Wednesday, March 22, 2006

Without the aid of a safety net

Henry's Shawl (aka The Spanish Christening Shawl) is done. Correction: the knitting is done. The grafting (agghh!), the washing, the blocking and the delivery to recipient are still in front of me.

Here's the last corner ready for grafting:



I've unzipped the provisional cast-on that I had so thoughtfully used at the beginning of the border; I've snatched up the stitches on a dpn of a slightly smaller diameter than the needle used to knit the border; I've cobbled together the extra stitch that is always missing - no matter what I do, no matter how much I read, no matter how long I think about it, there is always a stitch missing; I've transferred the live stitches from the end of the border from the circular needle I was using to a dpn, again, slightly smaller in diameter. I am ready to go.

Without the aid of a safety net (or wine, beer or chocolate, since it's 8.30am) I have grafted (in garter stitch, no less) the beginning of the border to the end of the border. I don't care if you can see the join, I can't:



It's still unwashed, it's still unblocked but here it is hanging on the fence:



I tell you, the more I try to take photographs of knitting, the more admiration I have for those poor souls who do this sort of thing for a living. I know I have been at the front of the queue when it comes to complaining about photographs of knitted items in magazines and so on. That still stands - I do want to see the knitting. I do not want to see an artistic blur. I do not want to read "Hand-knitted socks (£275, stockists as before) not seen." (What do you mean, "not seen"? What is the point? Words fail me.) I do not want the garment to be pinned at the back because it doesn't fit the stick-thin model, or at the wrist because it's baggy, or on the shoulder because it's mis-shapen.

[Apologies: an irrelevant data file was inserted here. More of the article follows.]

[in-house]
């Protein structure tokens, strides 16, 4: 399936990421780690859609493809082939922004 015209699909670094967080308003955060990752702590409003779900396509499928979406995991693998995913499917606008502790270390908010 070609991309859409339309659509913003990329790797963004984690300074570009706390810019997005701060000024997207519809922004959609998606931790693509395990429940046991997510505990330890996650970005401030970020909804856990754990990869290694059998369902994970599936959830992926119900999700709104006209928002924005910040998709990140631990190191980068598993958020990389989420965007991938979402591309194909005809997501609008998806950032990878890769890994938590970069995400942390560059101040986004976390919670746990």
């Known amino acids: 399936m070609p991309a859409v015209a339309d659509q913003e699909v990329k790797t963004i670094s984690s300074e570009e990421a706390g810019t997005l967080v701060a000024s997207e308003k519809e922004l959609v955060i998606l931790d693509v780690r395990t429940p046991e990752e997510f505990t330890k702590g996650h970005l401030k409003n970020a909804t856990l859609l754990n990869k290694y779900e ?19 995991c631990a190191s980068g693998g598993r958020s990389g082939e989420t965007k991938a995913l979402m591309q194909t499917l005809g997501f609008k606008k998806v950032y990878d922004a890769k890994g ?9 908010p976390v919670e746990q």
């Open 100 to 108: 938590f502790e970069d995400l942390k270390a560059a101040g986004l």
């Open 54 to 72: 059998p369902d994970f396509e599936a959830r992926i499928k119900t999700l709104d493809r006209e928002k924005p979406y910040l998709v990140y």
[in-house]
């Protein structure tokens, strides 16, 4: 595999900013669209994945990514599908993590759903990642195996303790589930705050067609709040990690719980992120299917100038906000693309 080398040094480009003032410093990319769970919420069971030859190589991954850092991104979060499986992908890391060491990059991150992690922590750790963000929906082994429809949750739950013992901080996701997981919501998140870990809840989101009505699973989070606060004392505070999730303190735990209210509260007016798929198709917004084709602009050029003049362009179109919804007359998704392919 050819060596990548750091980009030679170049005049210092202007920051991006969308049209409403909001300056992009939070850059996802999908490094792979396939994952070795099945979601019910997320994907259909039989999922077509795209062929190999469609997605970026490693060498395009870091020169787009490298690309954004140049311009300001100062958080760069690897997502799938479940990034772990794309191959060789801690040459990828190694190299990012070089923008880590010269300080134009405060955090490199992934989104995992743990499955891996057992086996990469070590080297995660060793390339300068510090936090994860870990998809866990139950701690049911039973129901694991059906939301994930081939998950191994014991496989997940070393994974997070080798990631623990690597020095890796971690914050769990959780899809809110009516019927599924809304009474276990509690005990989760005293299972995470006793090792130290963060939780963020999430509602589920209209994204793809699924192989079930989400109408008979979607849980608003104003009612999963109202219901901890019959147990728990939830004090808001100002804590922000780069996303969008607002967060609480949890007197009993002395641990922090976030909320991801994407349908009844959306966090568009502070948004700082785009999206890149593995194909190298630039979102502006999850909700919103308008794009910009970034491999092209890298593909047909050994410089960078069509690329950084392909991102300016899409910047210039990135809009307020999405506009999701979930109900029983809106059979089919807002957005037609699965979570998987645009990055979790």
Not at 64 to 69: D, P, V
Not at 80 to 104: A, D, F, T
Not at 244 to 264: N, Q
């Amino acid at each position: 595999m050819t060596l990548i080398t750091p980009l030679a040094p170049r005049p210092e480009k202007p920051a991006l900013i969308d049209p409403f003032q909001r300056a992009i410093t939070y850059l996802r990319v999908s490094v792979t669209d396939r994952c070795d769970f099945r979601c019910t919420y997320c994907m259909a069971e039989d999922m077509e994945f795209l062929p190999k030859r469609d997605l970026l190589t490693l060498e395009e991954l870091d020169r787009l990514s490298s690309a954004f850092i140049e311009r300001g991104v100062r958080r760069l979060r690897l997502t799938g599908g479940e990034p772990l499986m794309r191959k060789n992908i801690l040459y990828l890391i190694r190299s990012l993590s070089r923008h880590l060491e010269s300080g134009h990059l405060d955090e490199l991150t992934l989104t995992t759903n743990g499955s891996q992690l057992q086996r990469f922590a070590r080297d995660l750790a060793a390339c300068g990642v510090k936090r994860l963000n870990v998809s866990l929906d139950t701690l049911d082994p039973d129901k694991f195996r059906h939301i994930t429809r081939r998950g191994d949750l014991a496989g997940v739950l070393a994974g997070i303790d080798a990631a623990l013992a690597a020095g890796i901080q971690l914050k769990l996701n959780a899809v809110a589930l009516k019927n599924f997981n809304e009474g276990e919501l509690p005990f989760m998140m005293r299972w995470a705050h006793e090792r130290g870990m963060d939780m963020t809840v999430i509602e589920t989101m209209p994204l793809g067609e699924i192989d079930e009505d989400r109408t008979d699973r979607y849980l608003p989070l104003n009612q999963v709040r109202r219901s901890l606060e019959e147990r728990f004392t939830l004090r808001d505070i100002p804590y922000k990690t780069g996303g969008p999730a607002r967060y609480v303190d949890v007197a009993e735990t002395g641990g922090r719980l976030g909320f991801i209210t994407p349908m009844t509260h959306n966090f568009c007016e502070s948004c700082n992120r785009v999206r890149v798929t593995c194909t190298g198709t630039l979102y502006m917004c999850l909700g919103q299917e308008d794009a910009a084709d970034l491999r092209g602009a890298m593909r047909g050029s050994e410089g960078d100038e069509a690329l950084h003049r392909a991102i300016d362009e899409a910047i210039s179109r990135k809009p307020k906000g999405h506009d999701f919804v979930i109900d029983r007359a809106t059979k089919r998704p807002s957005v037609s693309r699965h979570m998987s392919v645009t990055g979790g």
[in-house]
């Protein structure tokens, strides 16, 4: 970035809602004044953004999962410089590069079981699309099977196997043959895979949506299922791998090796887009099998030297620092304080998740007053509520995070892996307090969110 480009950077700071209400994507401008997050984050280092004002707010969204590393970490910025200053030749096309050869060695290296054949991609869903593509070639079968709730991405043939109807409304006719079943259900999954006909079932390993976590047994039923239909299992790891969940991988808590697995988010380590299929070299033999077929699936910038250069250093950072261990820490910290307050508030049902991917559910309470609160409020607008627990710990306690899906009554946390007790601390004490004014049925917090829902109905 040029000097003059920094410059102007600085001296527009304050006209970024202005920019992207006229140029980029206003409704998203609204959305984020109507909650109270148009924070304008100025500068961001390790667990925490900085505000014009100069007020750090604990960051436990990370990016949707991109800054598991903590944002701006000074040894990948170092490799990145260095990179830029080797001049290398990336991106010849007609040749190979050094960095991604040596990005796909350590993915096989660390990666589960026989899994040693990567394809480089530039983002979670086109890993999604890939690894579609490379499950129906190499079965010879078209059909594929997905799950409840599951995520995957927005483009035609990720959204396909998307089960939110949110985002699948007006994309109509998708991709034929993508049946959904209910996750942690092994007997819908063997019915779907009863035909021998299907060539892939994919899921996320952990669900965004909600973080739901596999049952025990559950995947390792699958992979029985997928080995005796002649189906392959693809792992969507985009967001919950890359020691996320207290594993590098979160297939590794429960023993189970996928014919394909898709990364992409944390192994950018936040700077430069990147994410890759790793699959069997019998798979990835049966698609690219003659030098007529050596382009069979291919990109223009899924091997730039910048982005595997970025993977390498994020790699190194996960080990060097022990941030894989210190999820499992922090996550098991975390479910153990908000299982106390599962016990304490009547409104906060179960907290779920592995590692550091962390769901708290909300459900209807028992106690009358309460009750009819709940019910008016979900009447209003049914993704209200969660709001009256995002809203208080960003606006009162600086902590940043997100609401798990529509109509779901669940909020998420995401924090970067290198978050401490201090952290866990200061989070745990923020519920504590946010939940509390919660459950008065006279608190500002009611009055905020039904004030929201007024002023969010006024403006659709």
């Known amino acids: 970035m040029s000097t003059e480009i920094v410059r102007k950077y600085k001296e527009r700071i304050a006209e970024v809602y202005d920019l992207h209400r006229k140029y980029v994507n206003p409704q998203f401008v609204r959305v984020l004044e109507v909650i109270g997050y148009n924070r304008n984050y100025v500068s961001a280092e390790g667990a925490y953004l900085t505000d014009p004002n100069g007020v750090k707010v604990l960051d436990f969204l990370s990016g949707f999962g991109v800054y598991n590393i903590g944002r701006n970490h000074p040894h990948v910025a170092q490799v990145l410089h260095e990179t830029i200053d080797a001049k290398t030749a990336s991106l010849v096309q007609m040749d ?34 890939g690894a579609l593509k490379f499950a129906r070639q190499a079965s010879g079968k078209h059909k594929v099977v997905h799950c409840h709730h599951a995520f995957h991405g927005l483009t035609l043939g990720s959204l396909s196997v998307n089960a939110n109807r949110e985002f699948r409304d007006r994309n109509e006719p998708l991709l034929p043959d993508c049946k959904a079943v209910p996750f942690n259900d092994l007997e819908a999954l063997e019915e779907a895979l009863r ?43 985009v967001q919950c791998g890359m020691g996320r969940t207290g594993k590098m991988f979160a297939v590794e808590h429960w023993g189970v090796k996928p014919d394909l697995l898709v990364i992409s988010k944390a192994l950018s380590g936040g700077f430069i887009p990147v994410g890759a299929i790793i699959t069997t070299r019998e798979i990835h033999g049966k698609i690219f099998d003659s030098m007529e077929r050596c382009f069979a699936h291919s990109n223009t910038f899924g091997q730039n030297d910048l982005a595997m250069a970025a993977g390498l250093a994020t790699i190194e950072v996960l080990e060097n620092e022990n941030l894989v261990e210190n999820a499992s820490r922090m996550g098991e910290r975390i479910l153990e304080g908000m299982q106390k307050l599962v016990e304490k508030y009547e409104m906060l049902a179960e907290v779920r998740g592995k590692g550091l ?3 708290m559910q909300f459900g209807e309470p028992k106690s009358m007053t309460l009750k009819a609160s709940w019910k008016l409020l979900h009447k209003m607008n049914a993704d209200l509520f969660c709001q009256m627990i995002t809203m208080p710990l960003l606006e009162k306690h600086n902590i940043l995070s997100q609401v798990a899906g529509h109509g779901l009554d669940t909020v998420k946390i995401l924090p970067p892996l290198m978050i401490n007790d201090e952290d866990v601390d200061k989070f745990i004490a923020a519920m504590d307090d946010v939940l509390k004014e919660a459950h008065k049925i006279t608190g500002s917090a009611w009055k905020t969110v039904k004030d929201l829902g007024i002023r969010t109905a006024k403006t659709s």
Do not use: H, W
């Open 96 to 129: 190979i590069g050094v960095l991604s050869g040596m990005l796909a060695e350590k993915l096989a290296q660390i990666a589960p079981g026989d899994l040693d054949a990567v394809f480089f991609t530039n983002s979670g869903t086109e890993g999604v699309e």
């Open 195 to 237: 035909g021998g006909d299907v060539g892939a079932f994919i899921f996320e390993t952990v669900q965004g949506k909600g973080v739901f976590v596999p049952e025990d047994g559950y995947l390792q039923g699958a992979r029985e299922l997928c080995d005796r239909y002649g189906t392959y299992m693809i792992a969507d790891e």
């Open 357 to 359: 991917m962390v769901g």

However, I can appreciate the difficulties of photographing knitted items: the light is never coming from the right direction. By the time you have waited for the sun to move round, it is raining. There is never enough light. By the time you have waited for the sun to come out, it is a week next Wednesday. The wind is usually blowing. By the time you have waited for the wind to drop, it is the middle of the night. The garden is full of weeds, nettles, a compost heap (this also serves as a rabbit metropolis - it is much, much more than a simple "warren") - things which detract from the knitted item in question.

Think I should move indoors? Hah! Living in a nineteenth century agricultural workers' cottage with tiny diamond pane windows? Pass the oil lamp.

Tomorrow: Kate does a swatch. (That's made you sit up, I bet.)

4 comments:

Heather said...

Gorgeous!! I love it. How in the world do you graph stitches together in garter stitch? I didn't even know that was possible.

Toni said...

You did such a wonderful job grafting!

Cherry Rolfe said...

I can't see the join - its beautiful!

colin said...

This is beautiful work. Thanks for showing it.
bw
colin